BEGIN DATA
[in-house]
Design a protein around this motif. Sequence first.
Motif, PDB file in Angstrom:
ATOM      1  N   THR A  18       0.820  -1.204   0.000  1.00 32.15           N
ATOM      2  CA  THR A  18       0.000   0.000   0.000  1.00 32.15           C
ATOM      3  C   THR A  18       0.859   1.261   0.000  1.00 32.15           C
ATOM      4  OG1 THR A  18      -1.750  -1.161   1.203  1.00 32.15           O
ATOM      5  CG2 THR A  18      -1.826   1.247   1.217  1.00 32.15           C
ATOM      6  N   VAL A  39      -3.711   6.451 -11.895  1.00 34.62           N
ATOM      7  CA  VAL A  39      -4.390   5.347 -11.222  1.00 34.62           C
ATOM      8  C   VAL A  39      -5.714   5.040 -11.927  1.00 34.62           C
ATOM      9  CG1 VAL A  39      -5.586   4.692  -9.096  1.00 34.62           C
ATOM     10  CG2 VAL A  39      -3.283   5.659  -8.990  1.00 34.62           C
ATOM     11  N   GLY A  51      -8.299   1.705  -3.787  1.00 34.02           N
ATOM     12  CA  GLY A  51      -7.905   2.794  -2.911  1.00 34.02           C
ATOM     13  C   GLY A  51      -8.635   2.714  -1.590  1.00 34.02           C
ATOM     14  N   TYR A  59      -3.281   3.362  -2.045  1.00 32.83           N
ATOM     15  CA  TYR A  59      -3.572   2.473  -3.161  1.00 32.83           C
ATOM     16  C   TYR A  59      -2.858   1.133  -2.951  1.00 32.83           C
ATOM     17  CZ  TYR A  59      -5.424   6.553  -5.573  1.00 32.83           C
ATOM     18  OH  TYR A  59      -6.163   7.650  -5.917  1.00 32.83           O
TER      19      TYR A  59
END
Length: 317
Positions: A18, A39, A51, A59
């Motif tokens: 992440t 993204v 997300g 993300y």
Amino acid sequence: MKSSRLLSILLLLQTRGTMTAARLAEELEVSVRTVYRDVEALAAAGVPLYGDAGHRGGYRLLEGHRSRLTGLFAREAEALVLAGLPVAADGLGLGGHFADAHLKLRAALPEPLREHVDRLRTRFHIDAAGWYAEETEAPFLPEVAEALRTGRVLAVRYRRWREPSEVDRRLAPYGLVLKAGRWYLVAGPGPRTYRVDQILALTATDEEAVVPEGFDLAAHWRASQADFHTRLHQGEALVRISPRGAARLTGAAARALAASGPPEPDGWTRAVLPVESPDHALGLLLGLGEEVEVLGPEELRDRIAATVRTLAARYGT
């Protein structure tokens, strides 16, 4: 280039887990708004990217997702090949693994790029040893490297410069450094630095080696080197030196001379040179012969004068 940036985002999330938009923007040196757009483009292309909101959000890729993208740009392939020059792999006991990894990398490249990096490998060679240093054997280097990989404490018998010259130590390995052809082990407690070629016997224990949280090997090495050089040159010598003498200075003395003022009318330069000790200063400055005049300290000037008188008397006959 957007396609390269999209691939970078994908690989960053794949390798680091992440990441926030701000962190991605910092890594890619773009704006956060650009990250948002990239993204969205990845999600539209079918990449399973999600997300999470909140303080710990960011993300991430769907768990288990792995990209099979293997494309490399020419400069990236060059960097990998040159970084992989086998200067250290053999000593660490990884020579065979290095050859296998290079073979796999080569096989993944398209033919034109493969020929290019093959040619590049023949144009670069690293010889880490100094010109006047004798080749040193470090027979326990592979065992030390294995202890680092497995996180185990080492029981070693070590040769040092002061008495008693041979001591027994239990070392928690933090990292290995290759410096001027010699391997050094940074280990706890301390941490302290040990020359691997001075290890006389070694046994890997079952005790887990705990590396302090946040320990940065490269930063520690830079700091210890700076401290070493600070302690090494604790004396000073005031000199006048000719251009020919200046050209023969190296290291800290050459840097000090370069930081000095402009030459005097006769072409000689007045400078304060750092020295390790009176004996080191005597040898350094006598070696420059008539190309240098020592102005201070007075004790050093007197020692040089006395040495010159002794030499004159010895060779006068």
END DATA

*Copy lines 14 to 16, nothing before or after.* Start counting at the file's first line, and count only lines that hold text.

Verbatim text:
ATOM     11  N   GLY A  51      -8.299   1.705  -3.787  1.00 34.02           N
ATOM     12  CA  GLY A  51      -7.905   2.794  -2.911  1.00 34.02           C
ATOM     13  C   GLY A  51      -8.635   2.714  -1.590  1.00 34.02           C